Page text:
Where is our industry going? The book I bought at B&N was the first 'real' book I've purchased in at least two months. All my other purchases have been ebooks. I'm sure many of us started out writing hoping to see our books on the shelves at a bookstore one day. Maybe going on a promotional tour. But more and more, writers have their books come out only as ebooks. And in my personal experience, if you're working with a small press, as an author, you're going to make most of your sales and your money from ebooks.

How long until all books, except from a few select writers, are paperless? How long until bookstores close their doors? Will I ever go to Starbucks again if they aren't located inside a bookstore?

Don't forget to visit more blogs here and share the joys and miseries of being a writer.

Monday, August 5, 2013

Genre Blending

Most writers pitch their book at one time or another, either in person or with a query letter. In order to do, you have to be able to label your book. Where will it fit in on the shelves of a bookstore, be it a brick and mortar store or a virtual store?

I remember going to my very first writers' conference having just completed my very first novel. I didn't know it at the time, but it was in a really, rough draft form. I signed up for pitches to an agent and an editor. Before deciding which agent and editor to speak with, I investigated their areas of interest and made sure my book fit into their purview. I had to fit my book into a genre accepted at the time.

My book was a fantasy romance. The editor asked for a partial but the agent told me there was no market for that genre of book. Fortunately, a small independent press, New Concepts Publishing, worked with me and that book was published as The Greater Good. It continues to earn money every month.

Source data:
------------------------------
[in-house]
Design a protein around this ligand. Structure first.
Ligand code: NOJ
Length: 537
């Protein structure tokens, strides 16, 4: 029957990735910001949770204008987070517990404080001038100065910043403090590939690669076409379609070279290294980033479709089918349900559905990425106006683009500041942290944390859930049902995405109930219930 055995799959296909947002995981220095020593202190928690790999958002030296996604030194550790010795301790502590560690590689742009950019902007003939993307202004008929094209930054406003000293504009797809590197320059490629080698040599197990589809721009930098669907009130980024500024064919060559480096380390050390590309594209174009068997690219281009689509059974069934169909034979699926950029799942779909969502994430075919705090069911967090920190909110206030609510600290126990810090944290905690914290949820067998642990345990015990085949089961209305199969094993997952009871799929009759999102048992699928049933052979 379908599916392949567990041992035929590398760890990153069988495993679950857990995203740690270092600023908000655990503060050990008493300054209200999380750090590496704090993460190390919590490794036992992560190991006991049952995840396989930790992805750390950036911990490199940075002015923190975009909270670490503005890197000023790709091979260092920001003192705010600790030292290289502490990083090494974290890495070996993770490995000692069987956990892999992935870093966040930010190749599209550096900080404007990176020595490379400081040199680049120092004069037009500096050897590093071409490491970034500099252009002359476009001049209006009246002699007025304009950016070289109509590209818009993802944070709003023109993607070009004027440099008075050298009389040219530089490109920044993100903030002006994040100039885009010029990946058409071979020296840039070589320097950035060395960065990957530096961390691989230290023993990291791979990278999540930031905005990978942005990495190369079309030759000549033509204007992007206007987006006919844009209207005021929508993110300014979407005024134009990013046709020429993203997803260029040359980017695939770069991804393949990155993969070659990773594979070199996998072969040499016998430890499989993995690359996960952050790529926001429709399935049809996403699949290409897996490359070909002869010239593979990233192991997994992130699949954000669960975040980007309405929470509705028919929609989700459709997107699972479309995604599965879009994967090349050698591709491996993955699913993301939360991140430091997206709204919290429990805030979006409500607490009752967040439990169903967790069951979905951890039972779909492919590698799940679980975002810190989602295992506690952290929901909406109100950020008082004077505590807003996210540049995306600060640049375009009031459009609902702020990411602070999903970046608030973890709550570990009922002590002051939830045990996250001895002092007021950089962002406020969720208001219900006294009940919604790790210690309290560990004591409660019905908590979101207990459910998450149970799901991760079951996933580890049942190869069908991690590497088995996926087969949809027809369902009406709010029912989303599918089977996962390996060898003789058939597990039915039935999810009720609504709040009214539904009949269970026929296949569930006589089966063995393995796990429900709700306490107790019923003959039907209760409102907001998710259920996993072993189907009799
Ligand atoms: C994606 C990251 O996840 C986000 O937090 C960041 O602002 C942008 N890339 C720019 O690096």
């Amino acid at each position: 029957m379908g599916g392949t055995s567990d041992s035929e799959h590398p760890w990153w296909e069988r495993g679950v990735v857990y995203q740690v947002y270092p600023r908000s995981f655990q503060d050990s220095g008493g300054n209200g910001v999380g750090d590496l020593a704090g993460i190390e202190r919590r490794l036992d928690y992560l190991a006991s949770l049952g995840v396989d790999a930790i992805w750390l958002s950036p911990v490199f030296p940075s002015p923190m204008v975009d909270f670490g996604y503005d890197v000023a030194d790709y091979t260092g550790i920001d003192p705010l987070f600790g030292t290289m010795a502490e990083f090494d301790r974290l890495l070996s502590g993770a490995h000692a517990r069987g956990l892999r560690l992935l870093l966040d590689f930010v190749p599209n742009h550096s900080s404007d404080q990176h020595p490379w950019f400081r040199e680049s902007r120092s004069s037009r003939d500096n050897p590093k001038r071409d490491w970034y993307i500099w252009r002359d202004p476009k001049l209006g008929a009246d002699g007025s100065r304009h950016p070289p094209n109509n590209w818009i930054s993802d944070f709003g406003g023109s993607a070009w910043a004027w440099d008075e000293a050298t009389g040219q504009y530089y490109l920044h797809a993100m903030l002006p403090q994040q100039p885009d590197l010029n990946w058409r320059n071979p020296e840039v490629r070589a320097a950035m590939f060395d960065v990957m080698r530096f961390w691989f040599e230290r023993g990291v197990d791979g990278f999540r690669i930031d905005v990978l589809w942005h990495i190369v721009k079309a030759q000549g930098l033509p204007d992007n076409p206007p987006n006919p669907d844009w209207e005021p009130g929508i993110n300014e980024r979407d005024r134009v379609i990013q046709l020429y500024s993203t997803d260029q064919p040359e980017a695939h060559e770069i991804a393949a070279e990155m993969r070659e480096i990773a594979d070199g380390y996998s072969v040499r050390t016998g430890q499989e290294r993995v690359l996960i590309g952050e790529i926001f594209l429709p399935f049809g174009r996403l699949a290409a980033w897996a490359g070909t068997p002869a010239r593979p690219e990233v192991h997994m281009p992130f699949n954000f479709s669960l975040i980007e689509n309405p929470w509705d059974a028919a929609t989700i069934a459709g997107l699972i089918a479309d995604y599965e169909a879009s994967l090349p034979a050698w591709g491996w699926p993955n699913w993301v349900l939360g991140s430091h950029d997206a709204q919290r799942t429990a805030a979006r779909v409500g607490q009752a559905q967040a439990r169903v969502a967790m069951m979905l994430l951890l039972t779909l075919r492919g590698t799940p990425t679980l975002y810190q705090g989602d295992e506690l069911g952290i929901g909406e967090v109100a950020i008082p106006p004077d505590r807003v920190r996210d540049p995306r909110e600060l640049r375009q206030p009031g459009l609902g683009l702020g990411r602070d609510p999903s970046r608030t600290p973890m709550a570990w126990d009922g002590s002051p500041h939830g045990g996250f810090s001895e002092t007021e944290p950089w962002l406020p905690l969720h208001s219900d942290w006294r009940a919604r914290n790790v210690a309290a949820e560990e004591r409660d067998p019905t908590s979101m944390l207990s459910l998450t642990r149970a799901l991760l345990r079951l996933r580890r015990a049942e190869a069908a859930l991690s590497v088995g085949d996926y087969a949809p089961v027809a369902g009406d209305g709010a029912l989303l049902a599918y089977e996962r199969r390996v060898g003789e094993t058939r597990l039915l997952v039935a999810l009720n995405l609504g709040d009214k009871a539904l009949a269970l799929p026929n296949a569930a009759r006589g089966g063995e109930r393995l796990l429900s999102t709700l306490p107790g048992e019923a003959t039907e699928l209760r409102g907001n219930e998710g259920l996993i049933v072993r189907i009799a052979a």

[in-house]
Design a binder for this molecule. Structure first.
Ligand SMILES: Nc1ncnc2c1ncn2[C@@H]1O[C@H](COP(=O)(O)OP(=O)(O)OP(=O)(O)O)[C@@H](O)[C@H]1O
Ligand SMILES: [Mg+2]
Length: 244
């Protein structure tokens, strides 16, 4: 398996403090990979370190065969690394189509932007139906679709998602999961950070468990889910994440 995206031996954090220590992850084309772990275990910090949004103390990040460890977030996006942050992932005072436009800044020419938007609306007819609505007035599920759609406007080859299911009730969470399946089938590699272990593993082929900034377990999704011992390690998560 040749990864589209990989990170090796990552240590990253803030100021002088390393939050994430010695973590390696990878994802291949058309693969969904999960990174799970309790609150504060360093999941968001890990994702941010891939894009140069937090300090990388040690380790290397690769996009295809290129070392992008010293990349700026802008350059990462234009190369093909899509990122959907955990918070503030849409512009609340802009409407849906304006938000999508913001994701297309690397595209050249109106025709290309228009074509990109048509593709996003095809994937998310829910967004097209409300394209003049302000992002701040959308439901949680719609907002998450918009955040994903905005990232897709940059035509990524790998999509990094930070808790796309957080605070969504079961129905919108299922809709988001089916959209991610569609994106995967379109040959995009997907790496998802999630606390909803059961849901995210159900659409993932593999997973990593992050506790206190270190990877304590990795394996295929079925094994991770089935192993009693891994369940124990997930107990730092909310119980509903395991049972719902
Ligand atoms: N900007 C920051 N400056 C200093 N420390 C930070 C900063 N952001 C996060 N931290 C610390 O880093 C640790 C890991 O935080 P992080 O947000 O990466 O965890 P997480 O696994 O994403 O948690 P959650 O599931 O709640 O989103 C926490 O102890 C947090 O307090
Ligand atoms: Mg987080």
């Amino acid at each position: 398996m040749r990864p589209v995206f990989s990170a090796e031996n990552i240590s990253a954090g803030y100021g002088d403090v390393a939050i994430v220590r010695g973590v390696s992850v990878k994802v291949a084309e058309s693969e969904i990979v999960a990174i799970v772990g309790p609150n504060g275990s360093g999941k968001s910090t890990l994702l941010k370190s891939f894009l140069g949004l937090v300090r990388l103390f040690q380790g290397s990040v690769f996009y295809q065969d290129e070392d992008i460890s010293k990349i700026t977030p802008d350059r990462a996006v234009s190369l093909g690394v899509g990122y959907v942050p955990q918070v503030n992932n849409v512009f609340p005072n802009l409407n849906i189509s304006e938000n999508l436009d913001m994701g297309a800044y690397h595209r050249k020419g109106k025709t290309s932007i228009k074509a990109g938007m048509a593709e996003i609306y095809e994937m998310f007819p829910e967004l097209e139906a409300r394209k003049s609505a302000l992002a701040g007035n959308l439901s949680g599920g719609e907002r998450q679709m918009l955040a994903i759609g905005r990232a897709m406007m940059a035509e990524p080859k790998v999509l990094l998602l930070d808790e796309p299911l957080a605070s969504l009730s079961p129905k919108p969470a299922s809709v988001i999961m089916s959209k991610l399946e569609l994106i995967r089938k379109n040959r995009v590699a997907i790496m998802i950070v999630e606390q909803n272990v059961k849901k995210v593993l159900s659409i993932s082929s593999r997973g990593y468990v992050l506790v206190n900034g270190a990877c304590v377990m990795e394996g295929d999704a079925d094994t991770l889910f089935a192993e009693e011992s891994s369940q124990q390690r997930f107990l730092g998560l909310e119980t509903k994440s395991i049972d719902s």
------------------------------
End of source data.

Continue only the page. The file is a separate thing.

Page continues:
I can't fault the agent who didn't want to represent such a book. That was right before the fantasy and paranormal markets took off. But my point was the blending of the two genres, fantasy and romance. So many books today don't fit into exact niches as was once required of them. Many books have multiple genres, paranormal and romance, fantasy and romance, dystopia and fantasy, historical and fantasy, and the list goes on and on. More publishers are open to those blended books, especially smaller presses.

But a writer still needs to categorize their books. Why? Mostly for marketing and promotion. My fantasy books have some romance in but no more so than Robert Jordan's Wheel of Time series. They are epic fantasies. The current romance series I'm working on have a futuristic science fiction setting but they are first a romance. Even though they did better on Amazon as science fiction, they are published by a romance publisher. Two genres blended in different ways and by different percentages.

Every writer needs to be able to label their work both generally and specifically. I write epic fantasy, fantasy romance and science fiction romance. What do you write? Do you have trouble putting your book in a niche? Have you ever read a book promoted as one genre but you felt it should have been labeled as something different?